Google on Wednesday announced a slew of features powered by Artificial Intelligence (AI) as it ramped up a battle with Microsoft to maintain its dominance of the web search industry.
The two Silicon Valley titans are rushing into the space after the ChatGPT bot caught the imagination of web users around the world with its ability to generate essays, speeches and even exam papers in seconds.
Microsoft has announced a multibillion-dollar partnership with ChatGPT maker OpenAI and unveiled new products on Tuesday, while Google tried to steal the march a day earlier by announcing its "Bard" chatbot.
Google Vice-President Prabhakar Raghavan told an event in Paris that Bard was now being used by "trusted testers" but did not give a timeline for a public release, which is expected within weeks.
Analysts have suggested Google has rushed its announcement under pressure from Microsoft, but Raghavan denied the claim.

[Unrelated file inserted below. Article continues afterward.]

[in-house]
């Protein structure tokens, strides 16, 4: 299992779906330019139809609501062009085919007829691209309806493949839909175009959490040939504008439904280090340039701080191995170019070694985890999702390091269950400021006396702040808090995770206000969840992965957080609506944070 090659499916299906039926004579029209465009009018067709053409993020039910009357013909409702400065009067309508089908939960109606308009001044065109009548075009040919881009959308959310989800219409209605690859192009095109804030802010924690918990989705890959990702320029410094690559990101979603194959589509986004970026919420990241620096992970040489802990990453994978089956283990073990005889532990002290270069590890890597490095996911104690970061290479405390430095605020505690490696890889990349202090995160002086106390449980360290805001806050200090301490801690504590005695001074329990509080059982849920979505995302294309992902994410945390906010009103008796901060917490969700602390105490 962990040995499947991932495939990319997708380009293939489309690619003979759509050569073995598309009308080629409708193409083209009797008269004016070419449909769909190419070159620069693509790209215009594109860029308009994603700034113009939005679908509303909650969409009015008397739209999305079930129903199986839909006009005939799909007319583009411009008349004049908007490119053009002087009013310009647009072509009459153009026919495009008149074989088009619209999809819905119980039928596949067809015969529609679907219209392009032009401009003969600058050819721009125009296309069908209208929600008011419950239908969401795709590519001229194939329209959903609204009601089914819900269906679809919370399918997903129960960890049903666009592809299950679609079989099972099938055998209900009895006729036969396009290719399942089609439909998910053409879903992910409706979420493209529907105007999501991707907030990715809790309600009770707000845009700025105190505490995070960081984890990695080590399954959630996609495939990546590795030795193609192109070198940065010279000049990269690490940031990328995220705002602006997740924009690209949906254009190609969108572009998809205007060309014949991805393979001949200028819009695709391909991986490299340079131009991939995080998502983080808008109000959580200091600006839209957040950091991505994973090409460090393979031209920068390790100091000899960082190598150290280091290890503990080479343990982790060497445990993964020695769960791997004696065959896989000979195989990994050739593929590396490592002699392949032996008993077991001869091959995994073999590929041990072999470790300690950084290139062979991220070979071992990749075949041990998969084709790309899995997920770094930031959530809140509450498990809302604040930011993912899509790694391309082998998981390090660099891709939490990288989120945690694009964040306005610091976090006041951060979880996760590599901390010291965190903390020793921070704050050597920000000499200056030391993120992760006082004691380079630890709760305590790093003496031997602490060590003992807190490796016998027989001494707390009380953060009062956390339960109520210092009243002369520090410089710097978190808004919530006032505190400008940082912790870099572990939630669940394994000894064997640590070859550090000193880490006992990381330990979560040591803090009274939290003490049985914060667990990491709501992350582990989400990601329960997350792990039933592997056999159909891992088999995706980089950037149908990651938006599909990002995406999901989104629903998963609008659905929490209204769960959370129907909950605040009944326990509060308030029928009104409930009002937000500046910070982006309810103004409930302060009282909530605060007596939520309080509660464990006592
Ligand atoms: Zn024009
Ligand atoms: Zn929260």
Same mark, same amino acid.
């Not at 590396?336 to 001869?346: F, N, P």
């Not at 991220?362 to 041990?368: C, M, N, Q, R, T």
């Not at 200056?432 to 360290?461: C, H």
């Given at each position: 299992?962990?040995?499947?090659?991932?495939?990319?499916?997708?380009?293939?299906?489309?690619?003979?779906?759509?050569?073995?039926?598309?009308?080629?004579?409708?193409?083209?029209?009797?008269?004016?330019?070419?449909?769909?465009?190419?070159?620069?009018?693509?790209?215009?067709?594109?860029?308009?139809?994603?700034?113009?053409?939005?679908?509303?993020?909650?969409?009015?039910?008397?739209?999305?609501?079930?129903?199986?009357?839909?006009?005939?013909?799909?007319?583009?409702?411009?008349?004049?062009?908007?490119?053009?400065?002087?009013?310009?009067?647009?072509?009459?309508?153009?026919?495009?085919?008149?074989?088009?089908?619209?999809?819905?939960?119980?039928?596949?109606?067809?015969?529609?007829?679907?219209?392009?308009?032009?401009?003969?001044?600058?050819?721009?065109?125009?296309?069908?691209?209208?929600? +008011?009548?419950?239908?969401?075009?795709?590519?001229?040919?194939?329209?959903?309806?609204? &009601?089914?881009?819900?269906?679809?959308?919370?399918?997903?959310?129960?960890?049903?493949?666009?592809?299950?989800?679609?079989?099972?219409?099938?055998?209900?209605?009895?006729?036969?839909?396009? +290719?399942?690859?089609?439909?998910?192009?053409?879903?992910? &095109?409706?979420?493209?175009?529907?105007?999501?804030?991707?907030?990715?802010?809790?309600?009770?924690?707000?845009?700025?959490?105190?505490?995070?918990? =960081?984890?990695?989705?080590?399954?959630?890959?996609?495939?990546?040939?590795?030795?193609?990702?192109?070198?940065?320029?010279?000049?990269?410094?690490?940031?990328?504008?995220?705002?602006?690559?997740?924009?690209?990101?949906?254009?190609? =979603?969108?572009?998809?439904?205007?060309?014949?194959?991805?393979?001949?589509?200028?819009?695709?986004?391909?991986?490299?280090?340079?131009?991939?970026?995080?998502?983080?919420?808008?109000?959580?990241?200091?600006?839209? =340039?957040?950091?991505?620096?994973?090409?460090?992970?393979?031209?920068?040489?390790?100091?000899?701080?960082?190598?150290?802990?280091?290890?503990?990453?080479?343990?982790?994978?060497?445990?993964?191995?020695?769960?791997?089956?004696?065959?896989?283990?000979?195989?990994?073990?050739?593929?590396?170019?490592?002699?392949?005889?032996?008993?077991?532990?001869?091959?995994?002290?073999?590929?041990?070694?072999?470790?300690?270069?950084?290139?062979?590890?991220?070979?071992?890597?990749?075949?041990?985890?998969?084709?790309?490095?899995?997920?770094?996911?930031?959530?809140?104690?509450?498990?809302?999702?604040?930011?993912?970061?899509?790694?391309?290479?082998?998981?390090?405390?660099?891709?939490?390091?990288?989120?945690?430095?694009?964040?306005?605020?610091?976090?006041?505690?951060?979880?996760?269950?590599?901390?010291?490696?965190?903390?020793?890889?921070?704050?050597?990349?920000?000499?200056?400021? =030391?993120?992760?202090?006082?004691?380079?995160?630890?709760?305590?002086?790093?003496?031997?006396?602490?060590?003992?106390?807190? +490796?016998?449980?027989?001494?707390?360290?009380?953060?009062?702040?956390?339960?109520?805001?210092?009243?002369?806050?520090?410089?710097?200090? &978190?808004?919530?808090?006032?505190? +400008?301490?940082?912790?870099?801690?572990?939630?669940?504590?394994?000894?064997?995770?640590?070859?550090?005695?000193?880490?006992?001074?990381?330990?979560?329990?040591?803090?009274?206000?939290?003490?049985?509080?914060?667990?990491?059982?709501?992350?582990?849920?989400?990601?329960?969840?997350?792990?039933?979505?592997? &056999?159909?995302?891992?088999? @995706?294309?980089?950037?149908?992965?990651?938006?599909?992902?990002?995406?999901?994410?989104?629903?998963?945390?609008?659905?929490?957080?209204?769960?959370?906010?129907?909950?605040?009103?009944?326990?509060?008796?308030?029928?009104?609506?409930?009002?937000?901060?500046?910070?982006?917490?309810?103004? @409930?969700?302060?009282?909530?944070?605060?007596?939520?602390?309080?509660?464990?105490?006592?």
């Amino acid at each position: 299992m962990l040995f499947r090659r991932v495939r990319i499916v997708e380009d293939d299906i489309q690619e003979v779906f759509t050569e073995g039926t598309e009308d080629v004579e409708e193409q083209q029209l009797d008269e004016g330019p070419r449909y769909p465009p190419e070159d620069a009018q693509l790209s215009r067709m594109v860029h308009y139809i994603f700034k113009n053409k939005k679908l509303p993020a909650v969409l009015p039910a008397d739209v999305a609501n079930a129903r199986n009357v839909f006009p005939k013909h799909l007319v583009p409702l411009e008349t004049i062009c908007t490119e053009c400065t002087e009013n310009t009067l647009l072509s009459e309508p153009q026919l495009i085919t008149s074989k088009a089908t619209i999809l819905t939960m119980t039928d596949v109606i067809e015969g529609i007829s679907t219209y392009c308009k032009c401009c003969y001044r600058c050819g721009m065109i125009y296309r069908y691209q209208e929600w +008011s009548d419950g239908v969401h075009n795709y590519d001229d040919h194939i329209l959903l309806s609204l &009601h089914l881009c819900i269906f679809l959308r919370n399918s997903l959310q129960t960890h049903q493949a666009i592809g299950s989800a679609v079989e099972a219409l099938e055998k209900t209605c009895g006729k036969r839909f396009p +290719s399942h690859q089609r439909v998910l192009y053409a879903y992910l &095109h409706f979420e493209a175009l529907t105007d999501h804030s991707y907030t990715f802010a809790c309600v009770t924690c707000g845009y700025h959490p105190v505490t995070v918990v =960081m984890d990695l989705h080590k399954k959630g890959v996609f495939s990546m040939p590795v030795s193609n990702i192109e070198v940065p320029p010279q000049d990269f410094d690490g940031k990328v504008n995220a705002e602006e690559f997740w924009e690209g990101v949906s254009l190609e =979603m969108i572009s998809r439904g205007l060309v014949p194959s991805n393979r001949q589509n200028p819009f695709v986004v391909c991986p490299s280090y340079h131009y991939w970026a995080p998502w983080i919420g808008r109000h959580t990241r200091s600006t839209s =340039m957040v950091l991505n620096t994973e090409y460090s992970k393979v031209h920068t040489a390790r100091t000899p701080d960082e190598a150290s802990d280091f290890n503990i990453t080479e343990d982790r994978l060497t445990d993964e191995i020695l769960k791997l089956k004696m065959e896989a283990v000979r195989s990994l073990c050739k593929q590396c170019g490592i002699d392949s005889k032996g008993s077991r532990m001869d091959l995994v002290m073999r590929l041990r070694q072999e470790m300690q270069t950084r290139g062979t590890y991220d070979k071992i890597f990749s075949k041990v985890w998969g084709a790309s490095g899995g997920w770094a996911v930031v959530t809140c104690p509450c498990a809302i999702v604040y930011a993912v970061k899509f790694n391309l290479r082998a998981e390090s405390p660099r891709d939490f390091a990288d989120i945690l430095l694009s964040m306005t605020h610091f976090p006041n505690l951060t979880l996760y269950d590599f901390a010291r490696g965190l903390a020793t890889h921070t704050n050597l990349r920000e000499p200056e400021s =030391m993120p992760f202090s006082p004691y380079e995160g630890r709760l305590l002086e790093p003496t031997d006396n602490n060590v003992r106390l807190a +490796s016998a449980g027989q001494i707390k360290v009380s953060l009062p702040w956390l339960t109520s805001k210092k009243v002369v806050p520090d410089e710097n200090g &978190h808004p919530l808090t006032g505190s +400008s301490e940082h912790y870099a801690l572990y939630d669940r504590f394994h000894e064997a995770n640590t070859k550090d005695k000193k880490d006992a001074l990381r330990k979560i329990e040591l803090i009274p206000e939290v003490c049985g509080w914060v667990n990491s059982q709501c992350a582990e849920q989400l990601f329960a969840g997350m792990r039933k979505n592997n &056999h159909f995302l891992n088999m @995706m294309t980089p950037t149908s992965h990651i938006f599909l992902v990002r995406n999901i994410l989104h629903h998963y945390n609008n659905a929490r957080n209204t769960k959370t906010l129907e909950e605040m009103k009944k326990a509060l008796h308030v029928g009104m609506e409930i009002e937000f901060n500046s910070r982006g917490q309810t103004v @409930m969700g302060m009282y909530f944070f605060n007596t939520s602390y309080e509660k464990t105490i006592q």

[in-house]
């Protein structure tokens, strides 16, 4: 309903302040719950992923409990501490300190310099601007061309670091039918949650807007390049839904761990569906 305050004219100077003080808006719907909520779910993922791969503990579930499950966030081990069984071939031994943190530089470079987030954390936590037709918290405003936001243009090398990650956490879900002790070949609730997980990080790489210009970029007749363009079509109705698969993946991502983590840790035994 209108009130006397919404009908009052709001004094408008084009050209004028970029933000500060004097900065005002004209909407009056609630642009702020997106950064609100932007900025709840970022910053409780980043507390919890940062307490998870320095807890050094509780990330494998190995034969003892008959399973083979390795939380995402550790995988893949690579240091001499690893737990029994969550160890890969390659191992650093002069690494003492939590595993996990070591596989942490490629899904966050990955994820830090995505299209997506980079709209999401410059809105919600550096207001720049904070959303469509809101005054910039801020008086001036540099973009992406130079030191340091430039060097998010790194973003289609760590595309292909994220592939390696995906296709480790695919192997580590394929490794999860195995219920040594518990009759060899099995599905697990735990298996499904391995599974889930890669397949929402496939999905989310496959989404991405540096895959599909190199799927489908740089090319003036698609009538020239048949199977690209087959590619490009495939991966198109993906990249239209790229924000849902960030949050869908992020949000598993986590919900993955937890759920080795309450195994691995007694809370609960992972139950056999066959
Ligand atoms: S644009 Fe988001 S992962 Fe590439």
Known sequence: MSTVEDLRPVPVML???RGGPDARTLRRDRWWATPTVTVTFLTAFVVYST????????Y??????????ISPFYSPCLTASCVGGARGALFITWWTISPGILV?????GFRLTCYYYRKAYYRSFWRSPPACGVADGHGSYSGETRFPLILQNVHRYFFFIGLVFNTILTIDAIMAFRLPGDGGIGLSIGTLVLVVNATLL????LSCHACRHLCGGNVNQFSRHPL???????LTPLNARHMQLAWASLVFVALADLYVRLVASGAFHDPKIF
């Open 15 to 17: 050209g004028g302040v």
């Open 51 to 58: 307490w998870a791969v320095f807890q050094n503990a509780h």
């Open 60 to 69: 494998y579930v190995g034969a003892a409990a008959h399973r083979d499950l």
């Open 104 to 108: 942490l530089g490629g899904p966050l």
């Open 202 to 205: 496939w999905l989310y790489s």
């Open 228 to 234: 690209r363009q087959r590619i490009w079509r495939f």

"This has been a multiyear journey," he said, adding that no single event had "dramatically changed the course" of Google's plans.
Google executives announced on Wednesday several AI-induced improvements across products including maps, translation and its image recognition tool Lens.
Microsoft has similarly said it will incorporate AI into its Office suite and Teams messaging app.
But its promise to soup up its much-maligned Bing search engine put it on a collision course with Google, which has dominated the field for two decades.
AI chatbots like ChatGPT hold the promise of supplying users with ready-made answers from multiple sources, replacing the familiar list of links and ads that have been Google's bread and butter for two decades.
Media reports said the overnight success of ChatGPT was designated a "code red" threat at Google with founders Sergey Brin and Larry Page -- who left several years ago -- brought back to brainstorm ideas and fast-track a response.
The pressure to act was heightened last week when Google-parent Alphabet posted disappointing results and announced it was laying off 12,000 people.
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